Date Approved

5-7-2009

Embargo Period

3-17-2016

Document Type

Thesis

Degree Name

M.A. in School Psychology

Department

Educational Services and Leadership

College

College of Education

First Advisor

Dihoff, Roberta

Subject(s)

Obesity--New Jersey--Psychological aspects; Overweight children--New Jersey

Disciplines

Educational Psychology

Abstract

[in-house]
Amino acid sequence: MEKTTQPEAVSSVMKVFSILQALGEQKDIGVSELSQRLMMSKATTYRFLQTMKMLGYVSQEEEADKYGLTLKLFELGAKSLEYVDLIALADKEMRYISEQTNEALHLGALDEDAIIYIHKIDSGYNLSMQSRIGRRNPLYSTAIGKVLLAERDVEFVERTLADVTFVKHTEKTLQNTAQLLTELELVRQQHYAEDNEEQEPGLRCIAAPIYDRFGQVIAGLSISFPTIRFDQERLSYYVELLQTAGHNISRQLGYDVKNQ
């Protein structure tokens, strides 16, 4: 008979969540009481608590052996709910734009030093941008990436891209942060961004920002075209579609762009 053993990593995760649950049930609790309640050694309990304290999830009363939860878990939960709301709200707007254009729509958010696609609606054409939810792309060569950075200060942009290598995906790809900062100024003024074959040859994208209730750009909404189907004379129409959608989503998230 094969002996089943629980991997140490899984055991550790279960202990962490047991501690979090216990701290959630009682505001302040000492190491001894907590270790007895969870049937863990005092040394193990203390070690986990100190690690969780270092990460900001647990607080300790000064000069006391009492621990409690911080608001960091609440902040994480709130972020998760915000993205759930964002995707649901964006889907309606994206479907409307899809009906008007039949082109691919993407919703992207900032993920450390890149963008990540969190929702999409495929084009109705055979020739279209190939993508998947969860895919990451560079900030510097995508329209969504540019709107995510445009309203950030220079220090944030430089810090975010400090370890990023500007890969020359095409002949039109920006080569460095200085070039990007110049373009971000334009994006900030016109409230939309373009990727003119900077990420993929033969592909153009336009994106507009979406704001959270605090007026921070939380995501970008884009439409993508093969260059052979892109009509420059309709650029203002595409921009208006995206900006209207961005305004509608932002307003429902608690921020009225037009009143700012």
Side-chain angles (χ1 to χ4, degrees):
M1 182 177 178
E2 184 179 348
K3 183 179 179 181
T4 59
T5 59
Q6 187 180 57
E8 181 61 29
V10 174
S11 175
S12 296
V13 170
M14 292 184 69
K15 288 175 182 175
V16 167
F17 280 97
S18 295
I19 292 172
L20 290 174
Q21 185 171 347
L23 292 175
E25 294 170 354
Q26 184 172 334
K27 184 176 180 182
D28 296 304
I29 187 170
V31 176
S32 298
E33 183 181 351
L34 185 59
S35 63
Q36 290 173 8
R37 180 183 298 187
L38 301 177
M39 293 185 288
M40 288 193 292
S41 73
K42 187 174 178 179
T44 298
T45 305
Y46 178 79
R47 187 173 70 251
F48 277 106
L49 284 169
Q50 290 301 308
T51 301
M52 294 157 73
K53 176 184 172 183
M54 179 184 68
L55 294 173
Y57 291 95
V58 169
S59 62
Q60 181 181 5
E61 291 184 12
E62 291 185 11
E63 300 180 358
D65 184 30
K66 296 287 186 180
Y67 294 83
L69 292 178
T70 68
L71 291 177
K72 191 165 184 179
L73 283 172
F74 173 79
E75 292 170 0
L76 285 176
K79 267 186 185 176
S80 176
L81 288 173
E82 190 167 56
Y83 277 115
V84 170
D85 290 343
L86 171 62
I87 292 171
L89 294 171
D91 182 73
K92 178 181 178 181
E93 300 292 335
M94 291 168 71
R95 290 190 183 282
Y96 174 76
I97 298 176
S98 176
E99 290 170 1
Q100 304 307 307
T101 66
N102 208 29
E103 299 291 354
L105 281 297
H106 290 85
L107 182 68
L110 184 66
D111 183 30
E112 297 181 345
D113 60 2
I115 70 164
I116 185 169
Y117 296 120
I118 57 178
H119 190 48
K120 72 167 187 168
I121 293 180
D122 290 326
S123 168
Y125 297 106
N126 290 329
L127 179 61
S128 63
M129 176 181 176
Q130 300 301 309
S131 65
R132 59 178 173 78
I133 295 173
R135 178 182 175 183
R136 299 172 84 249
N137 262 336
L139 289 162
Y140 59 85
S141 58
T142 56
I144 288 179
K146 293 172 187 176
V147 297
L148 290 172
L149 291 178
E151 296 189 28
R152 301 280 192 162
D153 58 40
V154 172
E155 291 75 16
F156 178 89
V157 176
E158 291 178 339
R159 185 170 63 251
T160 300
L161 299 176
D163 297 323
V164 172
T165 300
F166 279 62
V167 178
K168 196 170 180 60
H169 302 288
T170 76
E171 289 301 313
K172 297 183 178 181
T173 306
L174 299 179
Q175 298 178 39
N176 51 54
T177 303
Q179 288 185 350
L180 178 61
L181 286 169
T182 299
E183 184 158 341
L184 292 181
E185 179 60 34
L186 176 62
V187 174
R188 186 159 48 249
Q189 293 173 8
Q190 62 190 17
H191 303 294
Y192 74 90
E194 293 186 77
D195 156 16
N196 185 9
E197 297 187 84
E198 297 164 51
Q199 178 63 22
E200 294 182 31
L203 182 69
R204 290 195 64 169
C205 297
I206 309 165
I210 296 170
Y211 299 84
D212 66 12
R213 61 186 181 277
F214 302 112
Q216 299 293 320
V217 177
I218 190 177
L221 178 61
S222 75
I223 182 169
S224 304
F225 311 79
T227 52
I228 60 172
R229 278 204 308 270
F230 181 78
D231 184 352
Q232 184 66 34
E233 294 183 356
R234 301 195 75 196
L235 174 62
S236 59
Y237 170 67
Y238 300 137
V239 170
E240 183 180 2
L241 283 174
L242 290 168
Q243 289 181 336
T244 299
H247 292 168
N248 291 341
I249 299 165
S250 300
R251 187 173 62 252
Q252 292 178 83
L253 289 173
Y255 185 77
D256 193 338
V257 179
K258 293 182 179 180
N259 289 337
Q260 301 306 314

The prevalence of obesity in the United States can be considered alarming, given its dramatic increase over the past twenty years. A large percentage of the obese population suffers from both medical and psychological side effects. This study focused on how non-obese and obese individuals perceive one's own body. Based on research, it was hypothesized that obese individuals are more likely than non-obese individuals to perceive one's body negatively. It was also hypothesized that obese individuals who suffer from childhood onset obesity as opposed to adult onset obesity are more likely to perceive one's body negatively. Participants were recruited from a medical office located in a middle-upper class suburban town of South Jersey. Body shape attitudes were attained through the Body Shape Questionnaire. Through a One-Way ANOVA, it was found that non-obese females view their bodies more favorably than obese females. No significant results were found to support a relationship between childhood and adult onset obesity.

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